A federal judge ruled earlier this month that Mark Reid, a New Haven Army Reserve veteran held in an immigration jail for more than a year, be freed on bond while he fights deportation to his native Jamaica. Reid will be released from a Massachusetts jail if he raises the $25,000 bond and meets certain conditions, according to the ruling by Judge Philip Verrillo of the U.S. Immigration Court in Hartford. Reid, who served in the Reserve for six years, faces deportation based on four drug convictions for which he has served prison terms. Reid is among a growing number of noncitizen veterans who are being deported for crimes for which they served time years earlier, according to veterans’ advocates. Legal noncitizens have served in the U.S. military throughout history. “I’m so glad to have gotten a bond hearing,” said Reid, in a statement released by the Yale Law School clinic, which is representing him. “But,” he added,” it’s wrong that ICE continues to deny this opportunity to others who can’t afford a good lawyer.”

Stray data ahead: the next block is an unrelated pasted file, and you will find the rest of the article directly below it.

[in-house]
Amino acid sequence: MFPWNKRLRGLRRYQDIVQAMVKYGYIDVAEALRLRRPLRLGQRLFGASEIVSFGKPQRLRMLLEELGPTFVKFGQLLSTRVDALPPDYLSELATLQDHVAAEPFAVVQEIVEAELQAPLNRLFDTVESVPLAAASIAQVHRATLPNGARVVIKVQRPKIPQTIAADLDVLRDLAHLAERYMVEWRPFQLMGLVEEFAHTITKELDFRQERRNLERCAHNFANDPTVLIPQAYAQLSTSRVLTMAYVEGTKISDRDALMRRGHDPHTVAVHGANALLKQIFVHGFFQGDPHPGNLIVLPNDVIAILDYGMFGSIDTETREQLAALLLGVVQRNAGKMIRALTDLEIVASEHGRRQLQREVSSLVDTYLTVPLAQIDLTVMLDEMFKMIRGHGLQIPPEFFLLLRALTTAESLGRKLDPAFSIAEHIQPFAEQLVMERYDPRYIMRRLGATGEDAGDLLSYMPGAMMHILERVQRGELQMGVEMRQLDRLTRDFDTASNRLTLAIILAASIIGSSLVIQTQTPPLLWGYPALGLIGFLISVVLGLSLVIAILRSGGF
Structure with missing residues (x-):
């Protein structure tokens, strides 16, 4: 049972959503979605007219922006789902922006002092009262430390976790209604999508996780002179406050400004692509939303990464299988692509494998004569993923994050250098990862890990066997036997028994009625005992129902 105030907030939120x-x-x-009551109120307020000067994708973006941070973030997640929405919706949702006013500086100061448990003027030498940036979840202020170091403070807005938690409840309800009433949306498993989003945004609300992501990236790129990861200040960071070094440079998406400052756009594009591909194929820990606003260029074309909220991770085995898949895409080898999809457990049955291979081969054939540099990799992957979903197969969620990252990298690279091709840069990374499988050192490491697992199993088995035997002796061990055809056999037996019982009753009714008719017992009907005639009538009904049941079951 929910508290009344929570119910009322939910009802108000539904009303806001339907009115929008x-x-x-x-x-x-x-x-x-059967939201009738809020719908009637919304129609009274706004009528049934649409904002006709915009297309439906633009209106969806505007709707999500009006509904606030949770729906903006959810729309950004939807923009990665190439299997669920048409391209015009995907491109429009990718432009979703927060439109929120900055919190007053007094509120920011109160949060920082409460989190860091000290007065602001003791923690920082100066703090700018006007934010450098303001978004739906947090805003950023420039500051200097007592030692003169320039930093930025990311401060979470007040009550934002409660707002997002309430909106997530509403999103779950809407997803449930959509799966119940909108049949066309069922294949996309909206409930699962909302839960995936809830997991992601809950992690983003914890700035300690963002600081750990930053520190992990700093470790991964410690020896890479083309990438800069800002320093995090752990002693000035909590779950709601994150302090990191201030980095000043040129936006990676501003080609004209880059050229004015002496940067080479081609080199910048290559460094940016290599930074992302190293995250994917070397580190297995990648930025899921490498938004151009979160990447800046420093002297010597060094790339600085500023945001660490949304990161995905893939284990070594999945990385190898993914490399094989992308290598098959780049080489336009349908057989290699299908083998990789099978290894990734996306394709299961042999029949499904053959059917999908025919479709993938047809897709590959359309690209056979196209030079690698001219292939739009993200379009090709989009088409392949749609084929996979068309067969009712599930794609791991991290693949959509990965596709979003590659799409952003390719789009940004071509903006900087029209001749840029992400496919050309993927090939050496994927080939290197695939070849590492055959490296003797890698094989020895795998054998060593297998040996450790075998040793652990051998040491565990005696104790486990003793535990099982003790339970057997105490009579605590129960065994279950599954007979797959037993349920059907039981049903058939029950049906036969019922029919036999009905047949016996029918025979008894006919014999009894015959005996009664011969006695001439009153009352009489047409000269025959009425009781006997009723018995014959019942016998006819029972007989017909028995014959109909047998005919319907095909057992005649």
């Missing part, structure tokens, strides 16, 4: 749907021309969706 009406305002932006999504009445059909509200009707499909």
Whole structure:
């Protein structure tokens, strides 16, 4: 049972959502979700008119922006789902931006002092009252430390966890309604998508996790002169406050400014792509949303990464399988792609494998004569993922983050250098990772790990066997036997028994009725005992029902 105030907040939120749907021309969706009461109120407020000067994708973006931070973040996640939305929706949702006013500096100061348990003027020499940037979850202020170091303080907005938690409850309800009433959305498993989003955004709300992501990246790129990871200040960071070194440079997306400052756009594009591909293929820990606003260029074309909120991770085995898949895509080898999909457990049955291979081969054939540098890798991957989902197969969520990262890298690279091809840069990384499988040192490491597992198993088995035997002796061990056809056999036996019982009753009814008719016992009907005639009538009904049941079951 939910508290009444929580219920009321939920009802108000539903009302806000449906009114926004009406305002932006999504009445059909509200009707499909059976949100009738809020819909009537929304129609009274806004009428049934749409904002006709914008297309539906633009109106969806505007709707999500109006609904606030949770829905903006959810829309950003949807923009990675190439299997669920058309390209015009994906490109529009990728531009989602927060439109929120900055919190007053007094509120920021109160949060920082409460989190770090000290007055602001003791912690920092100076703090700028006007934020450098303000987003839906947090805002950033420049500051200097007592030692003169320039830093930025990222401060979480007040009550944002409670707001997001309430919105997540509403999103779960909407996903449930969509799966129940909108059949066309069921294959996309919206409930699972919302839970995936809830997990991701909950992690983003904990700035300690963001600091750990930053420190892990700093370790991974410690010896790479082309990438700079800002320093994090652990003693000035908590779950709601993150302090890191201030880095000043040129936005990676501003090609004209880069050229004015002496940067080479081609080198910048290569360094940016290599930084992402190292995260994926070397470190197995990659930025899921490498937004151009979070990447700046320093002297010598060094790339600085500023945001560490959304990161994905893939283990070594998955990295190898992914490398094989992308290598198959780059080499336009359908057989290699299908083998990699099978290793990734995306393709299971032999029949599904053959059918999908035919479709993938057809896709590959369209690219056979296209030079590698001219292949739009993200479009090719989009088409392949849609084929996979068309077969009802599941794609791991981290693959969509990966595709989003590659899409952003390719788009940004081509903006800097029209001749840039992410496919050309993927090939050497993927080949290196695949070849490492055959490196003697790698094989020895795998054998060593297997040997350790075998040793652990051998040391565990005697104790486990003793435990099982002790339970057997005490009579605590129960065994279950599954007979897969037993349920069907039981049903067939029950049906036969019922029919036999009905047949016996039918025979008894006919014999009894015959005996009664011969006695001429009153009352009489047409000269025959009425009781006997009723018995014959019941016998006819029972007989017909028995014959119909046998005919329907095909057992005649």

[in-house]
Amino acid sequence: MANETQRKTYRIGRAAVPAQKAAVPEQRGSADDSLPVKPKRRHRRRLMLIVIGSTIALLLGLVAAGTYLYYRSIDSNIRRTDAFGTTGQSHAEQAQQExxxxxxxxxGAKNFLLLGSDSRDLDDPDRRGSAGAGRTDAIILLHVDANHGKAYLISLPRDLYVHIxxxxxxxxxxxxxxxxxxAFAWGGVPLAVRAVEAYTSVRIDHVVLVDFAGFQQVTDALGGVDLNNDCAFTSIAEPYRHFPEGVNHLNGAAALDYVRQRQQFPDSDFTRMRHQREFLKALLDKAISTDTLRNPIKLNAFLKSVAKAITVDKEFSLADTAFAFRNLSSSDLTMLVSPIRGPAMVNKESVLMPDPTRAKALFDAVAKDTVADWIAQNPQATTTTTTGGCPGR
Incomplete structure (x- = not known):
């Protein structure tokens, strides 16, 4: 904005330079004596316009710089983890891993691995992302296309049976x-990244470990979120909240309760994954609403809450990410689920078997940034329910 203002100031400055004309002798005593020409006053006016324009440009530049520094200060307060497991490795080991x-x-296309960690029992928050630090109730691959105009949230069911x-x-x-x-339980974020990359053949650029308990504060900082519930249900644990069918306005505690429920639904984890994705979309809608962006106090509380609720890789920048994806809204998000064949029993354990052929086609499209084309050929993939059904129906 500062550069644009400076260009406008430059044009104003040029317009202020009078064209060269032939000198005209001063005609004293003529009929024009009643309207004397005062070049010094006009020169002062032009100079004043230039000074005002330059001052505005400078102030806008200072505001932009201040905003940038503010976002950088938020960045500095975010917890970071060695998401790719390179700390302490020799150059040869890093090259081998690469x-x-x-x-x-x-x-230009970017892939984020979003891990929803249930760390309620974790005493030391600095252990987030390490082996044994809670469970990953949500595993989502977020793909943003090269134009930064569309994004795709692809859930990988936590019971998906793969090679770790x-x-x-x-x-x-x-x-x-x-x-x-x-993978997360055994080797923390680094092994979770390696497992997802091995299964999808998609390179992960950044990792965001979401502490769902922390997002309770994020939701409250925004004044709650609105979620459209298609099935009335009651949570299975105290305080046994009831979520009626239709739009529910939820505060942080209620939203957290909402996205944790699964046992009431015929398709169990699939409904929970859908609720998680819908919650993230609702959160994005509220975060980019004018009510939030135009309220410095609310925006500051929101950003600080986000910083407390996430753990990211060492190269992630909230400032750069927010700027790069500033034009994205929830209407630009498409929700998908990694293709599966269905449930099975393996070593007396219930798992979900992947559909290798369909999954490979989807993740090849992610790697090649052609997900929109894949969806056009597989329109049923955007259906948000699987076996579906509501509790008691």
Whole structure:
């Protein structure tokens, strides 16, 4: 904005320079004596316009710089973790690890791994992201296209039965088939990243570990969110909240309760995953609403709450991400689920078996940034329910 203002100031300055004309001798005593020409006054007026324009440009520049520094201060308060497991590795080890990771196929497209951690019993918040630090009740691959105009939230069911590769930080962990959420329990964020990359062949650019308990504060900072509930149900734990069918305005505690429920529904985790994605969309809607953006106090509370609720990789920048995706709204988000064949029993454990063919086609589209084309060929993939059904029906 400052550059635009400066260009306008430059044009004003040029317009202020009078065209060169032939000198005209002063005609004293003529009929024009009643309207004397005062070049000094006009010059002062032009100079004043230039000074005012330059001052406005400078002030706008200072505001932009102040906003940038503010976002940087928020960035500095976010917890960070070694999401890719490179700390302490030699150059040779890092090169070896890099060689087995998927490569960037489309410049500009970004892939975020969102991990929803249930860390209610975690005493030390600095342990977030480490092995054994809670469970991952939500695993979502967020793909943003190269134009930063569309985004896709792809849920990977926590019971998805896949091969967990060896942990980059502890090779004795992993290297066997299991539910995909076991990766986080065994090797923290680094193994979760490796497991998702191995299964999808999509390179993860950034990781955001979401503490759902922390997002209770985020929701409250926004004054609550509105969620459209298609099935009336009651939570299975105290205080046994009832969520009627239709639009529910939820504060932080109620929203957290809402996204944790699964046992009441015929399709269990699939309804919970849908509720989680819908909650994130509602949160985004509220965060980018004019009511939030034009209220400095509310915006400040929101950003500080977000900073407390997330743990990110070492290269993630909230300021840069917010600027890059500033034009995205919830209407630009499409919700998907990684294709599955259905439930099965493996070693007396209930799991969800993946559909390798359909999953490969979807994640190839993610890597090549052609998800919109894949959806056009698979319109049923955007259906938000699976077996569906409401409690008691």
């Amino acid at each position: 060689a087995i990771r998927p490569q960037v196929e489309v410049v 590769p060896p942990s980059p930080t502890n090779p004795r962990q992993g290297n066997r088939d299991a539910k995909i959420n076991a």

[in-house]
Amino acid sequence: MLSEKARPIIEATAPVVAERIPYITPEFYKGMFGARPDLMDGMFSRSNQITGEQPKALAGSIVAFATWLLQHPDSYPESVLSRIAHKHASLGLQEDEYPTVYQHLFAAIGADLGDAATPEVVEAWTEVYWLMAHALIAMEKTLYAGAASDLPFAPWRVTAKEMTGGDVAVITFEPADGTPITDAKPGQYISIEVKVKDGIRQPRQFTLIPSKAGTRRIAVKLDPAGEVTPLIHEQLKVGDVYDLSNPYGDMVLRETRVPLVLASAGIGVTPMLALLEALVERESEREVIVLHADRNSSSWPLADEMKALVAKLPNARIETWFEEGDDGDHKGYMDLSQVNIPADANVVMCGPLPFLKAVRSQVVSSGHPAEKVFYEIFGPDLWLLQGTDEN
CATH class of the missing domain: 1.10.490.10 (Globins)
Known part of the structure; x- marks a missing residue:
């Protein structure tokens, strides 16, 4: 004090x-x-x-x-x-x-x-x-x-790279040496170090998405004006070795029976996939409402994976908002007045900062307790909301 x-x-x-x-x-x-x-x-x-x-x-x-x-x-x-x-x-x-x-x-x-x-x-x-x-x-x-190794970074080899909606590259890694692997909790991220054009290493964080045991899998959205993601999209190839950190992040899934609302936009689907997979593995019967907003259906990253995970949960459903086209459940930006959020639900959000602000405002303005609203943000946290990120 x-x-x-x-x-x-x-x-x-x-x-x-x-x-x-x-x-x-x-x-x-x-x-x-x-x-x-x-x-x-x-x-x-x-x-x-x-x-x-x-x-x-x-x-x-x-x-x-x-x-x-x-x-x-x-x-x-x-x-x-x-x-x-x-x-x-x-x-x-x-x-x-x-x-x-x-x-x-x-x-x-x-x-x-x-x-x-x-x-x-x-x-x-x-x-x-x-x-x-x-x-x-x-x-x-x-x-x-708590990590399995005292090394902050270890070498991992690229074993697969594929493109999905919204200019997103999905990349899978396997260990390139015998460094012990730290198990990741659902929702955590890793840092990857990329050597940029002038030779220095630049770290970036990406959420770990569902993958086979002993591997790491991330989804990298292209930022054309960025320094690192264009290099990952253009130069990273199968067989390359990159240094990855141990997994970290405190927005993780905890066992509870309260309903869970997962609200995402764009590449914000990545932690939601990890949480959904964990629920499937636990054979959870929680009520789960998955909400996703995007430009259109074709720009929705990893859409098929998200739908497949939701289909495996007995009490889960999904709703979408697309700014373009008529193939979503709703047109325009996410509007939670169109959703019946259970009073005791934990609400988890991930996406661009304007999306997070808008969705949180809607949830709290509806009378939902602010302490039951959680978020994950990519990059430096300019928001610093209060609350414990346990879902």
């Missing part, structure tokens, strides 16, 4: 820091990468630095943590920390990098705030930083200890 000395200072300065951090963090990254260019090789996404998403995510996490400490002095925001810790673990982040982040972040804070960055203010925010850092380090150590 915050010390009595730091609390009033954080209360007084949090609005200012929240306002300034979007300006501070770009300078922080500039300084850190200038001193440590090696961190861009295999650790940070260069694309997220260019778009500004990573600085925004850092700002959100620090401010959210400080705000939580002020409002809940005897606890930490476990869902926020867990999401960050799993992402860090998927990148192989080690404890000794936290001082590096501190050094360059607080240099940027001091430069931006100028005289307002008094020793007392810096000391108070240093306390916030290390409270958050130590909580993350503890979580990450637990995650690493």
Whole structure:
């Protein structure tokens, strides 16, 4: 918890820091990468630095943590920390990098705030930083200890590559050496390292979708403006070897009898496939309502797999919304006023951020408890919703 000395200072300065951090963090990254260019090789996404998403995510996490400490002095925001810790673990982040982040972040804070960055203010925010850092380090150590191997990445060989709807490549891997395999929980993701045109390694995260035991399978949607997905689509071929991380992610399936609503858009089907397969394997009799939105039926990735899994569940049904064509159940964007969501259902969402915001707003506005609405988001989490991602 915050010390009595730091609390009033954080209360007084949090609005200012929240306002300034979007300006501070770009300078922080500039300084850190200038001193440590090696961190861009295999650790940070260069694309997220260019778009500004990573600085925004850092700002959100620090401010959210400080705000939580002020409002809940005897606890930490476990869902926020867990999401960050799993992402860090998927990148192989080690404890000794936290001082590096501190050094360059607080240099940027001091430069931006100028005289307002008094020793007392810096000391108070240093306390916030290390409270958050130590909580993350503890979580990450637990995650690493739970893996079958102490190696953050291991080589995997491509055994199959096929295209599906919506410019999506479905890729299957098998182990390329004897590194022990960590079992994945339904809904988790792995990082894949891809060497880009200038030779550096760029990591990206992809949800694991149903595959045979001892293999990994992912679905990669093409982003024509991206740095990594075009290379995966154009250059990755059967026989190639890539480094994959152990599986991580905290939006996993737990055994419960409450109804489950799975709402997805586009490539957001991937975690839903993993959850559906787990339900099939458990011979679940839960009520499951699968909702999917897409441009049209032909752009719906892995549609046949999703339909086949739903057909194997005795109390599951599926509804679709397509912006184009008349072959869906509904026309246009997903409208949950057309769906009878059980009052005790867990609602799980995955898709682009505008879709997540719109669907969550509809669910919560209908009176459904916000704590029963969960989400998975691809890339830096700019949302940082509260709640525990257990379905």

His lawyers from the Yale Law School Worker and Immigration Rights Advocacy Clinic contend that Reid, 49, has already been punished for his crimes, and should not be deported.
After honorable discharges from the Army in 1979, and the National Guard in 1983, Arnold Giammarco sunk into a pattern of substance abuse, shoplifting and jail before turning his life around, marrying in 2010, and becoming a father. But the Italian-born Giammarco, 57 – one of thousands of legal residents who serve in the U.S. military, despite lacking citizenship – now counts the days away from his family in Sulmona, Italy, after immigration authorities abruptly took him from his Groton home to a detention facility in May 2011 and deported him to Italy last November. Today, (Nov. 12) Giammarco filed a lawsuit to compel the government to rule on his 1982 citizenship application, which he says was never processed. Mark A. Reid of New Haven, 49, spent six years in the Army Reserve before his honorable discharge in 1990 and still speaks about being “willing to die for this country.” Now he sits in a Massachusetts jail, facing deportation to his native Jamaica because of four drug convictions including sale of narcotics and possession of heroin. Last November, immigration officers moved Reid – who came to the U.S. at age 14 — to Immigration Custody from the Brooklyn, CT jail where he was serving time for what he described as “a $30 drug sale.’’
The two men are among what veterans’ advocates say is a growing number of noncitizen military veterans who are being deported for crimes for which they served time years earlier. Giammarco moved to the U.S. at age 4.